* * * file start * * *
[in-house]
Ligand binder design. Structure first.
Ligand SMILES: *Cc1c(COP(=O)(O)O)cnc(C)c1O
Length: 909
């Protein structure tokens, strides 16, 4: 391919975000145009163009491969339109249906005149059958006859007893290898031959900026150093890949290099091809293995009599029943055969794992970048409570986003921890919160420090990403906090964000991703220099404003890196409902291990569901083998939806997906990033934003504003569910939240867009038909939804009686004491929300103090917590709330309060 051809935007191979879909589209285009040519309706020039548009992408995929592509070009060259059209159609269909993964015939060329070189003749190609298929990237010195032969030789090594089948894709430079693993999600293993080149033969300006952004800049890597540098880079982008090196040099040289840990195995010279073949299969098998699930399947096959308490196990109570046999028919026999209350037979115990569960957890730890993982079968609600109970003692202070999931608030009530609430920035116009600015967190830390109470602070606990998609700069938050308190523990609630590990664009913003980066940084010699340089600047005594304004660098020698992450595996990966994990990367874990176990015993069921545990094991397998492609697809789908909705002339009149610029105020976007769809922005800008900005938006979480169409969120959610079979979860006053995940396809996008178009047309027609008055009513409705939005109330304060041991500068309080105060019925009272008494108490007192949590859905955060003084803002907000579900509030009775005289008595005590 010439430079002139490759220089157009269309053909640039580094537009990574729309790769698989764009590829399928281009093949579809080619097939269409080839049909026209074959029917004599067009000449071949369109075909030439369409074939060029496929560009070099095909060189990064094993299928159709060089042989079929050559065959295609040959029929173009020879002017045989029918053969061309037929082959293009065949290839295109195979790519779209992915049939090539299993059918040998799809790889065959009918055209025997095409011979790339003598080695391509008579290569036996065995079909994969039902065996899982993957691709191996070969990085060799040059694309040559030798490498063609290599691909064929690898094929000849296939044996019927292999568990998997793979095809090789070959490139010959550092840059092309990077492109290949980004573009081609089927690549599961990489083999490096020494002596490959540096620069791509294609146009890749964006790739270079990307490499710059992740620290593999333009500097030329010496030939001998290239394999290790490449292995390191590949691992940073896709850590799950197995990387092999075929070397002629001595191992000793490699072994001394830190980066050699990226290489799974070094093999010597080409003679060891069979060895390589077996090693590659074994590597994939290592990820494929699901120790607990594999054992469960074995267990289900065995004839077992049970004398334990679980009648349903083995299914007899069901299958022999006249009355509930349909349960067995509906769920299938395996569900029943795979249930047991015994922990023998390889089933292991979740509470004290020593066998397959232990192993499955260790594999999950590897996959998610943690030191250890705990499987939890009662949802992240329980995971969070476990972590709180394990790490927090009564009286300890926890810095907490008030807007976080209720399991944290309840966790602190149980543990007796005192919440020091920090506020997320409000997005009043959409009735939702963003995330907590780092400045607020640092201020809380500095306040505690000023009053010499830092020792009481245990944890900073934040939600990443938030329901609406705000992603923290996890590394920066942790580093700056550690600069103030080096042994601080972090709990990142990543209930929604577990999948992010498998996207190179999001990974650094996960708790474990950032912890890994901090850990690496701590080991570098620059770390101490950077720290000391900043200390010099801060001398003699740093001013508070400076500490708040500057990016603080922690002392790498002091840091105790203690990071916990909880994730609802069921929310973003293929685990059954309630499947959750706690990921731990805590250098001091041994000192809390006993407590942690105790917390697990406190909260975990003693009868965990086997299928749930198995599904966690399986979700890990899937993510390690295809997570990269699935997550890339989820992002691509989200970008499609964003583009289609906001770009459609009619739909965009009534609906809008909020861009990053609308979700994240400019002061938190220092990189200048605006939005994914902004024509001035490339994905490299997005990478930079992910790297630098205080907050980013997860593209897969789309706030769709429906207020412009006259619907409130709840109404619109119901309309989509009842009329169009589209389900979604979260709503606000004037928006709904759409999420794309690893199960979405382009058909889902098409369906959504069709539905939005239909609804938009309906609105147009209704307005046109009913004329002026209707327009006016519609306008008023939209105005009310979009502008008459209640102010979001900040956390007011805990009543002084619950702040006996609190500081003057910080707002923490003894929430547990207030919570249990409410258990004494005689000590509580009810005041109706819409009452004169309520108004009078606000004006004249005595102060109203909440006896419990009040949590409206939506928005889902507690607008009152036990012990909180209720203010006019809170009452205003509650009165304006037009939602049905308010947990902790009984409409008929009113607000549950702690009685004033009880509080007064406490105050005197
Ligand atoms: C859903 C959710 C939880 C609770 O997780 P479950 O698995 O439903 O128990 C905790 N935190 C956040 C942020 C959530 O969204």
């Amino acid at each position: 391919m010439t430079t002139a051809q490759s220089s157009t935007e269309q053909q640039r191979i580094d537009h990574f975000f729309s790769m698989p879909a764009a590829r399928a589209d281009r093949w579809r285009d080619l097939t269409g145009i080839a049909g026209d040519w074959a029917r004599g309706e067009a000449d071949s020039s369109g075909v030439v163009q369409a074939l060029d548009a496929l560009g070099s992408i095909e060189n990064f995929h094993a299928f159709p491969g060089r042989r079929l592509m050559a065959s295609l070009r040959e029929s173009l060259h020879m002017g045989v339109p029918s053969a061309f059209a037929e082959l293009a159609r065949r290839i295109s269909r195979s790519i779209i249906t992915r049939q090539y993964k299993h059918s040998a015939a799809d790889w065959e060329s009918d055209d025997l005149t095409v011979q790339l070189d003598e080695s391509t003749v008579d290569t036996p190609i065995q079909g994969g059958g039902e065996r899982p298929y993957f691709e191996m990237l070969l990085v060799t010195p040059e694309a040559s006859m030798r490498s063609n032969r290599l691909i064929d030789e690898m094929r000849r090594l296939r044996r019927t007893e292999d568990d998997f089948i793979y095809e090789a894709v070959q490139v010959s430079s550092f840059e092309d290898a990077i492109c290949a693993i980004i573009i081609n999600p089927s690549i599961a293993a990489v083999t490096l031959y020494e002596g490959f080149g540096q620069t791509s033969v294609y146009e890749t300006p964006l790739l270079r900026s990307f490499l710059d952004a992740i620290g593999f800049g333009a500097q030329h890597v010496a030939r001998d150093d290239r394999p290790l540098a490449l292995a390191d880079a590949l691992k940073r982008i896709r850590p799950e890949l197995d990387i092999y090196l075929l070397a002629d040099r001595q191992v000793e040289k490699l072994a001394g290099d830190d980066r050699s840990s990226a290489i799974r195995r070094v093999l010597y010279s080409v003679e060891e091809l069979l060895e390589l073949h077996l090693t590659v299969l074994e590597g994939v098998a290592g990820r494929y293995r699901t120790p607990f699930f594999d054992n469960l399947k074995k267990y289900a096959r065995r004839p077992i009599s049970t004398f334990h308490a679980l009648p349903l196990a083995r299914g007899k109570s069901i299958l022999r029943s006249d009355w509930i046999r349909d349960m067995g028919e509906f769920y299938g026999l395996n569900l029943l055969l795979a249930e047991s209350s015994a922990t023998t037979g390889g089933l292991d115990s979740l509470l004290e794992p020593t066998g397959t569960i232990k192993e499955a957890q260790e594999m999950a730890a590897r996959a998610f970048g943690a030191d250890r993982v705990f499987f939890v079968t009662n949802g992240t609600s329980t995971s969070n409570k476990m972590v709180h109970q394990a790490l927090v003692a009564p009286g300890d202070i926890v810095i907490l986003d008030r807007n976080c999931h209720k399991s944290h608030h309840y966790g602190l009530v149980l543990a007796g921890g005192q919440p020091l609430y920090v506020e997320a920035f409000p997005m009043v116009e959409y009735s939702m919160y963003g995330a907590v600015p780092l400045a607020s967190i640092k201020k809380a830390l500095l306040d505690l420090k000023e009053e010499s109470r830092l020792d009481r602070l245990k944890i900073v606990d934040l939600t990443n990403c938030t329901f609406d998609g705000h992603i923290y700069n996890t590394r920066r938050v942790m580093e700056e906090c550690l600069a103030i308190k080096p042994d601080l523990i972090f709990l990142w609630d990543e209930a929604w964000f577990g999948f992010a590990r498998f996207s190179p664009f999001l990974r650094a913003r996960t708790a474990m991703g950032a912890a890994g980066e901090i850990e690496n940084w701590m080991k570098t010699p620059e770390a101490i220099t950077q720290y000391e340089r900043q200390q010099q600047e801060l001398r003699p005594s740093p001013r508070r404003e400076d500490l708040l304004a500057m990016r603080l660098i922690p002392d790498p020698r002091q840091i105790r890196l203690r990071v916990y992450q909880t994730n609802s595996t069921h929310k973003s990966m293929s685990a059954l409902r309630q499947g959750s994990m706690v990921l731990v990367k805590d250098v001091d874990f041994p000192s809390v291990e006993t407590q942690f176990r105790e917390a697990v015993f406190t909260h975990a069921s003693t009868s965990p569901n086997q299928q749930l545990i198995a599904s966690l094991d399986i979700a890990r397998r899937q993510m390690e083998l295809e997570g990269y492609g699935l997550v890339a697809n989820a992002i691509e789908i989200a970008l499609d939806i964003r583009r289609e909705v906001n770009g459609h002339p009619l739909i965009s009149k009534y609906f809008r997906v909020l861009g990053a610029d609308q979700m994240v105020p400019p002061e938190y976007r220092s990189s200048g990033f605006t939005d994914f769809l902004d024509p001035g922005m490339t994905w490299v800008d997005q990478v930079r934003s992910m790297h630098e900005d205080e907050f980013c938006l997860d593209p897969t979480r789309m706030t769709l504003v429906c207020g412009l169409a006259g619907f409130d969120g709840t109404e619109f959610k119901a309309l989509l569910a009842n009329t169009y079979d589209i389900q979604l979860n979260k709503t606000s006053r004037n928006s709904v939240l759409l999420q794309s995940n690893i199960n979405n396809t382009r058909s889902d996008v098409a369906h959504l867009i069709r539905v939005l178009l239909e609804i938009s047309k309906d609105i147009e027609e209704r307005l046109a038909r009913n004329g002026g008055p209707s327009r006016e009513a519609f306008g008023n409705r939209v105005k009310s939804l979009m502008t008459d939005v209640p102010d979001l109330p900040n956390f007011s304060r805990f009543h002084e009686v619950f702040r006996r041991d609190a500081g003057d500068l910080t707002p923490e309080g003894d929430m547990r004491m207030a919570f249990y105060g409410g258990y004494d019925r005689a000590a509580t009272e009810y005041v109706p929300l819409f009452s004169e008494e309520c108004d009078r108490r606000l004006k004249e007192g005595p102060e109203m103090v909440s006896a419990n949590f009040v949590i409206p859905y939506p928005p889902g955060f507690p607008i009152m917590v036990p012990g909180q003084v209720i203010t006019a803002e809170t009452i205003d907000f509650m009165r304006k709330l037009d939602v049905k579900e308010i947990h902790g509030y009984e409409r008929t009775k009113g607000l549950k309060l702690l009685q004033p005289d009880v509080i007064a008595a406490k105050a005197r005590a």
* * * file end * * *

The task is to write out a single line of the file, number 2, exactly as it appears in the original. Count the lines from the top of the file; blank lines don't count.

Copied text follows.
Ligand binder design. Structure first.